The mother of a three year old boy who was killed when he fell out of a moving train earlier this year was found guilty of negligence. She received a one year suspended sentence in view of the fact that she is bringing up another underage child. The woman sent the little boy to the toilet unattended while she was tending to her daughter.
Talks on forming a new coalition government continue without the Green Party which announced its decision to withdraw from the talks on Friday because their programme priorities were allegedly not being taken into account. According to a press report released by the Social Democrats the three remaining parties - the Civic Democrats, Social Democrats and the Greens - are now discussing reforms in the areas of health care and security.
A fifth of Czechs believe that only men should have the privilege of higher education. A poll conducted by the CVVM agency indicates that 18 percent of Czechs, mainly older people, still believe in the male-female division of labour according to which the man is the breadwinner and the woman's place is in the home. Despite this surprising outcome, the number of women graduating from Czech universities is on par with that of male graduates and the vast majority of Czech women work.
The Christian Democratic Party, the fourth biggest party in the lower house, elected a new leadership at its party conference in Brno on Saturday. The party's new chairman is senator Jiri Cunek, a politician whose name made headlines nationwide when as mayor of Vsetin he evicted several hundred Romany rent defaulters from the town centre in mid-October. A Roma organization is pressing charges of racism against him and some two dozen Romanies turned up to protest against his election outside the Brno conference hall. On the other hand there are many who praise senator Cunek for the decisive manner in which he dealt with rent-defaulters and observers say this may have helped him win a seat in the senate. Senator Cunek has called for party reform and his election to the post of chairman is expected to give the party a new direction.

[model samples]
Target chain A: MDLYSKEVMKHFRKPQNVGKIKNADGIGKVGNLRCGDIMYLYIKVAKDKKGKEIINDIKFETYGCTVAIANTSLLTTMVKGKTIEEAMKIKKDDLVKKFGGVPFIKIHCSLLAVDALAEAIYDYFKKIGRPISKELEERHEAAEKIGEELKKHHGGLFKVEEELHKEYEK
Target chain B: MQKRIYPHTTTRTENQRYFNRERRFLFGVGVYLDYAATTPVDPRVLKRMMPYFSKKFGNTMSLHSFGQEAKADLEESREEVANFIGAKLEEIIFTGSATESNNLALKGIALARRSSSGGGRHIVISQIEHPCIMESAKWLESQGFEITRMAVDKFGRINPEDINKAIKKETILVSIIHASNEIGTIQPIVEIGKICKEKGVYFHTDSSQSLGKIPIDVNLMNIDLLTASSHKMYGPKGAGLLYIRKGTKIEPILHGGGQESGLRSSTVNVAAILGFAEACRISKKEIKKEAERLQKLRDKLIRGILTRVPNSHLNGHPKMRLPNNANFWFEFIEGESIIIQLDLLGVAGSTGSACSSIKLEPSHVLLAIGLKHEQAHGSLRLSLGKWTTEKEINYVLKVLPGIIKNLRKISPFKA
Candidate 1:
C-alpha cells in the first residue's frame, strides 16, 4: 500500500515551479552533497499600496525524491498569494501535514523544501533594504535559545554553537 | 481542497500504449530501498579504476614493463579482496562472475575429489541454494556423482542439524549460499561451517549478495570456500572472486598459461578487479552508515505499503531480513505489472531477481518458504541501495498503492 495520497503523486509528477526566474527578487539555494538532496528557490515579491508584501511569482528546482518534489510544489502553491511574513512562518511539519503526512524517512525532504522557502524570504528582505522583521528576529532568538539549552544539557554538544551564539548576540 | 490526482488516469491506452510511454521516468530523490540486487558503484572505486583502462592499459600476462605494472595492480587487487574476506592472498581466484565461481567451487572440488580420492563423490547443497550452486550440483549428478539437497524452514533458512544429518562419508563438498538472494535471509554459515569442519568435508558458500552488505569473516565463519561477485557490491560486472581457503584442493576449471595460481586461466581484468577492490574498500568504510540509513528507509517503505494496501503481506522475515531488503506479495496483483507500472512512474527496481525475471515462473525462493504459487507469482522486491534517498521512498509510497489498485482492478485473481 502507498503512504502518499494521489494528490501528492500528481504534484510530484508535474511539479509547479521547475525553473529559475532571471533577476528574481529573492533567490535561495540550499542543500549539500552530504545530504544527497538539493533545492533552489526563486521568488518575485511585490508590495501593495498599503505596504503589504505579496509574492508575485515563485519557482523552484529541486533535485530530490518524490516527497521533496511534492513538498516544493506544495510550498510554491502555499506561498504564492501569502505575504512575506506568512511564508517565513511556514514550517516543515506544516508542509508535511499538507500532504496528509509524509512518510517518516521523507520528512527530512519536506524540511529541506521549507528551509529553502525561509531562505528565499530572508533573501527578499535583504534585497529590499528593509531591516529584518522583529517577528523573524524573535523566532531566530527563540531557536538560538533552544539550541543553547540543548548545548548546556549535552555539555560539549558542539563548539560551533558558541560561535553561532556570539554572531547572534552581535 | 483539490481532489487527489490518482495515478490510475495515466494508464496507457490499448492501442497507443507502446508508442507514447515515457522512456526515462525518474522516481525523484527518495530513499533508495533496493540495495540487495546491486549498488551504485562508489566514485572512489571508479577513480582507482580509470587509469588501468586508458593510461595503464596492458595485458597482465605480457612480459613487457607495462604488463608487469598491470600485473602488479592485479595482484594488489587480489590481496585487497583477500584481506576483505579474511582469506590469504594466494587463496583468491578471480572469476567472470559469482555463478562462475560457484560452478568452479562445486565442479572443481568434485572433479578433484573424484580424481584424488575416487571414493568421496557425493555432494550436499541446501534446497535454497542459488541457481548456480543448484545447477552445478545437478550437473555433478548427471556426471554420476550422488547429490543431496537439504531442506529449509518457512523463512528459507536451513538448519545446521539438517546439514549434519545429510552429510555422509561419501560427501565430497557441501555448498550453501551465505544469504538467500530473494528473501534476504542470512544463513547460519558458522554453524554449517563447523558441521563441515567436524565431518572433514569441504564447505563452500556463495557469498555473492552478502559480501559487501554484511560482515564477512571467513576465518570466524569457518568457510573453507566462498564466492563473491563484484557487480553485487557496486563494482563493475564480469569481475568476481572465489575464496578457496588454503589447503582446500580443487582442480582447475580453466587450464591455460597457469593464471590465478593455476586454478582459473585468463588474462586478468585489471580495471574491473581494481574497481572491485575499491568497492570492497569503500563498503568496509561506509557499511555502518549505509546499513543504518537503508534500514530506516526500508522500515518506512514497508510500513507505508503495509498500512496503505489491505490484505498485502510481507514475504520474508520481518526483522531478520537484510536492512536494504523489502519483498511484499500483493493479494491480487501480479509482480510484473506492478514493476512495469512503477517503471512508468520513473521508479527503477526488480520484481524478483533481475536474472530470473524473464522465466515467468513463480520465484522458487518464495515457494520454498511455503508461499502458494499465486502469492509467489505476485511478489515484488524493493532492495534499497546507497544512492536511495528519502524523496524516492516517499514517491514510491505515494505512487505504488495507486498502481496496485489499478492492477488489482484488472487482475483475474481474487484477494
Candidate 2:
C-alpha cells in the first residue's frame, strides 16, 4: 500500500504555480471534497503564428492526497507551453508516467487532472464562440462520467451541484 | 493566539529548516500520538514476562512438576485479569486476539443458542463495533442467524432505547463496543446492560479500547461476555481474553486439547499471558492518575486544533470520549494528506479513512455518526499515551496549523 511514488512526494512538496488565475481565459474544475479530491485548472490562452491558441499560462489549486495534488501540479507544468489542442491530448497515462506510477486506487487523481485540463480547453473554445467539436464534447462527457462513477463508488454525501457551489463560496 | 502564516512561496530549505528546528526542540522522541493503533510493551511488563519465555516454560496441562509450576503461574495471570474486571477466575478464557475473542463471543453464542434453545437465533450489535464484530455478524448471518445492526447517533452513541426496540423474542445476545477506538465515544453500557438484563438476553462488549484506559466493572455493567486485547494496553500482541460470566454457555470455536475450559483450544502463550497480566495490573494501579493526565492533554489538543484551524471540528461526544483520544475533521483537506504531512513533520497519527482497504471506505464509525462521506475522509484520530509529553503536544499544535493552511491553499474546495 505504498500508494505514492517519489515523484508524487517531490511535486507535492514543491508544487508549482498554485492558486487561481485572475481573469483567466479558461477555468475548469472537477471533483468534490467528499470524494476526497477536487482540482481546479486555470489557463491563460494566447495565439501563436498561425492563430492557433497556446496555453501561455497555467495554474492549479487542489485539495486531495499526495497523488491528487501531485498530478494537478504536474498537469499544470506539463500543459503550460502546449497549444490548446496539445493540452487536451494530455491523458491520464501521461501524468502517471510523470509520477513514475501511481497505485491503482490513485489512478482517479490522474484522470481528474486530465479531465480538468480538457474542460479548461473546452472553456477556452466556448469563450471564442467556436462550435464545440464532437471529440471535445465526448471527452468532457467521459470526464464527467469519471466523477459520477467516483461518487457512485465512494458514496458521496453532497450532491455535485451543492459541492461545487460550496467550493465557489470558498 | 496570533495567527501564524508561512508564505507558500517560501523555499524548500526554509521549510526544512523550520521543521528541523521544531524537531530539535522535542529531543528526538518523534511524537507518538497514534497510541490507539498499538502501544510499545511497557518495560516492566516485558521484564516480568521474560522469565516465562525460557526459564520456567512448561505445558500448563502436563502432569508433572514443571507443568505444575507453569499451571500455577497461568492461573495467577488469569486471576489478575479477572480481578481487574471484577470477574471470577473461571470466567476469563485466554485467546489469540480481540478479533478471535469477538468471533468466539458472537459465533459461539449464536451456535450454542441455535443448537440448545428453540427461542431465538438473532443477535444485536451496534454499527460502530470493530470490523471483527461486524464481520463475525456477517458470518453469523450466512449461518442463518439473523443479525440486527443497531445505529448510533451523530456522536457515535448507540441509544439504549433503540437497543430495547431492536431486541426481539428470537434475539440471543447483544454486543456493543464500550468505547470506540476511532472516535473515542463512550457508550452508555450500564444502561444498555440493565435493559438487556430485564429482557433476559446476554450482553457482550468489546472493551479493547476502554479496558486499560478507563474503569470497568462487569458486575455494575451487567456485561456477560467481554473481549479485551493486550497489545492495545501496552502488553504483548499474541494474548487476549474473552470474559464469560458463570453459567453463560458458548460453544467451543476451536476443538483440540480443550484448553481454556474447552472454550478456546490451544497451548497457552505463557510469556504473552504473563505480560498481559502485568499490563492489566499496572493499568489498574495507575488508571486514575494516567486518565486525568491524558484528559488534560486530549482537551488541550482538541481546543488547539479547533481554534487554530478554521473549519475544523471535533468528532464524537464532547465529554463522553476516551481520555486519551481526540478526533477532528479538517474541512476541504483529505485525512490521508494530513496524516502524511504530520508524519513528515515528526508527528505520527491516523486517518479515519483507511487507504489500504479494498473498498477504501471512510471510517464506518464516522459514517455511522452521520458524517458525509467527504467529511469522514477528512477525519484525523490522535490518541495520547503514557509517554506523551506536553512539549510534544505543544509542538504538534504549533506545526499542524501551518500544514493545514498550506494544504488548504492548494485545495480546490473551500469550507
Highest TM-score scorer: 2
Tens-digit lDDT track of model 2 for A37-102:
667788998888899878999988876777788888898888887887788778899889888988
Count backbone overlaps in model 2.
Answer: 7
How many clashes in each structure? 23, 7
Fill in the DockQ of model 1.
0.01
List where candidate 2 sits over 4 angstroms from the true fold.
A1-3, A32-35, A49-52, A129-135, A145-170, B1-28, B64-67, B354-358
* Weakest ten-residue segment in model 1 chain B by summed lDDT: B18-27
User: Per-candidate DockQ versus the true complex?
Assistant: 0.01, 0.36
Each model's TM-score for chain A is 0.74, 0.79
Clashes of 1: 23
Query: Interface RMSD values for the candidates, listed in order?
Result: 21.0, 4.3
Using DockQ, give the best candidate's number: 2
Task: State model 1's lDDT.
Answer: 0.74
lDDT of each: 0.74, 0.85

There has been speculation as to the position of Jiri Paroubek, leader of the Social Democrats, following Thursday's announcement that another party deputy wanted to leave the deputies group in parliament. This would undermine the party's position in government talks. In recent weeks there have been signals that the party is divided over whether it should go into the opposition of fight for a place in government. There has even been speculation that the former party boss Milos Zeman, who is no longer active in politics, has been trying to organize a putsch against the current Social Democrat leader. Mr. Zeman has rejected the idea as nonsensical.
The lower house will continue debate on a bill that would make it
legally easier to hold early elections in the Czech Republic. The draft
amendment was passed in a first reading on Friday. If eventually passed
into law, the bill will allow Czech lawmakers - and ultimately the
president - the option of dissolving parliament following a
government's resignation, in order to pave the way for early elections.